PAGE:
Earlier this year, a 3-month-old
suffering from a cough attack
was rushed to the hospital.
It turned out she was infected
with a severe respiratory disease
called pertussis, or whooping cough.
This child is not alone.
She is one of many children
in Contra Costa County
affected by a recent spike
in this potentially deadly disease.
Hello, I'm Dr. William Walker,
Director of Contra Costa Health Services
and County Health Officer.
I want to talk about whooping cough
and how you can help prevent its spread.
We're only halfway through 2010
and we've already seen more whooping cough
than we saw in all of 2009.
Across the Bay Area, cases of whooping cough
are up roughly 600 percent from last year.
These troubling numbers show
the importance of getting immunized.
And immunizations are not just for kids.
About half the time an infant gets whooping cough,
it is from an infected parent or relative.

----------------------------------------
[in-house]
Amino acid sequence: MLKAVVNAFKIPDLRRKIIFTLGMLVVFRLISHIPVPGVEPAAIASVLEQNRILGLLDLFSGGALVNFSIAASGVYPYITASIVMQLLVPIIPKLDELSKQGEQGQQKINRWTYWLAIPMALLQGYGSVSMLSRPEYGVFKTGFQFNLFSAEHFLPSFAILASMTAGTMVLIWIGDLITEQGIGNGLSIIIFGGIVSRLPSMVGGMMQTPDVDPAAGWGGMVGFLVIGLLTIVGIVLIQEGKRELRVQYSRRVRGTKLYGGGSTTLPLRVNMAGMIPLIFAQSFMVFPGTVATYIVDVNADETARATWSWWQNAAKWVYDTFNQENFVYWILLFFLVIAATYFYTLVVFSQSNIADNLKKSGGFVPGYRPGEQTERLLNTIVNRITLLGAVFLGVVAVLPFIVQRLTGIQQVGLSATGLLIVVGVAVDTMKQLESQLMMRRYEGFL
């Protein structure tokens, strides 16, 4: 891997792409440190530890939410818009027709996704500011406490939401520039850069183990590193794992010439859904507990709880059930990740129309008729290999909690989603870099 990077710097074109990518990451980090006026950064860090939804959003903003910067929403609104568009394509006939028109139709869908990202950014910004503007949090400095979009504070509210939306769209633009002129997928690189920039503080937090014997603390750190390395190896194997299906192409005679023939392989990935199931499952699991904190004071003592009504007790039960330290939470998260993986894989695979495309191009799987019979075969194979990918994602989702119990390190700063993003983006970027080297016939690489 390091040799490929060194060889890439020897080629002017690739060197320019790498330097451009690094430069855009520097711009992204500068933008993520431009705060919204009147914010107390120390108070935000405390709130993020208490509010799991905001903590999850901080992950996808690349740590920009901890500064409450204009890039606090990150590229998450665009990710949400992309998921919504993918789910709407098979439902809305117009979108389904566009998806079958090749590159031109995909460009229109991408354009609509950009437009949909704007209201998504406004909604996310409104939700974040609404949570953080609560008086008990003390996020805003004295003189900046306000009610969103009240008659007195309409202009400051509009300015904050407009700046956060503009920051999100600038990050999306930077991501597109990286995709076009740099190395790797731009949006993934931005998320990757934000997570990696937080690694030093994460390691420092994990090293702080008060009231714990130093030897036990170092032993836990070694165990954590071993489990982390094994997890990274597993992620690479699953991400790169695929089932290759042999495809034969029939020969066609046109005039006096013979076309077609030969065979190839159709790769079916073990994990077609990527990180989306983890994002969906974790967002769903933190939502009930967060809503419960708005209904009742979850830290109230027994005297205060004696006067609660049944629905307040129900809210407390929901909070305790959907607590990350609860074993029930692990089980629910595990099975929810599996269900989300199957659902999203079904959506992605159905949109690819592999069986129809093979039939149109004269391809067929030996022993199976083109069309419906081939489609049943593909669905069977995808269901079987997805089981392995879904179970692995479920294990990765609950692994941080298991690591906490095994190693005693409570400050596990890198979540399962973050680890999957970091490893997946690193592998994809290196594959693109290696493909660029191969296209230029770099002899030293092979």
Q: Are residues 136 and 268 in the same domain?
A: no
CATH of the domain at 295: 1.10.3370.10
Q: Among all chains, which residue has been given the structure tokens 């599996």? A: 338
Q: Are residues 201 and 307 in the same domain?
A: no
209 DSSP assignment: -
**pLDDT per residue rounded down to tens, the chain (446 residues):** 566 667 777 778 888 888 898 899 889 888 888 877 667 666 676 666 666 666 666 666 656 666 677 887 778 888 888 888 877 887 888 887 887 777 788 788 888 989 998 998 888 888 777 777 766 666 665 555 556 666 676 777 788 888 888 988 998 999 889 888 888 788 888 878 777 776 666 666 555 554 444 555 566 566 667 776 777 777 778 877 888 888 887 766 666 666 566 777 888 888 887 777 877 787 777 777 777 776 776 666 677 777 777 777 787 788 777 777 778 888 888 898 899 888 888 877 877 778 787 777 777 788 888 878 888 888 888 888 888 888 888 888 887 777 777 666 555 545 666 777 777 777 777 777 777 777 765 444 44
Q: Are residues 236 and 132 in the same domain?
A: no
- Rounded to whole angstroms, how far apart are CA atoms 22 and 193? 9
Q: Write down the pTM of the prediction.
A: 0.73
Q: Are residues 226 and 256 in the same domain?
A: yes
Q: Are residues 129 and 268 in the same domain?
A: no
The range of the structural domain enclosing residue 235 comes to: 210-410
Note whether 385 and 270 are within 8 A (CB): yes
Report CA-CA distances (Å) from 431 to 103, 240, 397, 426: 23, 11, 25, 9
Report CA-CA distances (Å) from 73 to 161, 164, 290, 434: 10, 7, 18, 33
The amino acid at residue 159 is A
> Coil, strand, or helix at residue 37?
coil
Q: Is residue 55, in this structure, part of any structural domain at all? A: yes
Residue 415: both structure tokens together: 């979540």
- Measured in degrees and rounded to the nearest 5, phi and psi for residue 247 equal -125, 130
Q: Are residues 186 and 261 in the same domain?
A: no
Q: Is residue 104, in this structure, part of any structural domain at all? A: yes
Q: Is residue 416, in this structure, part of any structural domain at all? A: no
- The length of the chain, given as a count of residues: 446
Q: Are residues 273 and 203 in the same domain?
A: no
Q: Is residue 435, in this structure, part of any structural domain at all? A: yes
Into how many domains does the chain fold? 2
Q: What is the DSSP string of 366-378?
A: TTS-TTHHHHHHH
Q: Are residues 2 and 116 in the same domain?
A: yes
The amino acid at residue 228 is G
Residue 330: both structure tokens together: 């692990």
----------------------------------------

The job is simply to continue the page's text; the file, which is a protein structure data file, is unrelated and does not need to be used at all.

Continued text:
We want everyone around infants to be vaccinated.
This means parents, grandparents, siblings
and anyone else who takes care of a child.
Adults should get immunized to protect
themselves, their children and the community.
Even adults who were immunized as children
should receive a booster shot, it's called Tdap.
Pertussis coughing fits can last several minutes and
symptoms could last for weeks or months.
The germ that causes whooping cough
is spread when someone coughs or sneezes.
In addition to coughing,
symptoms include a runny nose,
sneezing, watery eyes
and occasionally a low fever.
Sometimes coughing fits can be so severe
they cause broken ribs, vomiting
or shortness of breath.
There is a chance the number of cases could grow.
Whooping cough often peaks in August,
so I urge everyone to get immunized now.
Contact your health provider
to find out where you can get the vaccine
for yourself and your child.
Free Tdap vaccine is also available
from our Public Health Immunization clinics.
Find the nearest location
and more information about pertussis
on our website, www.cchealth.org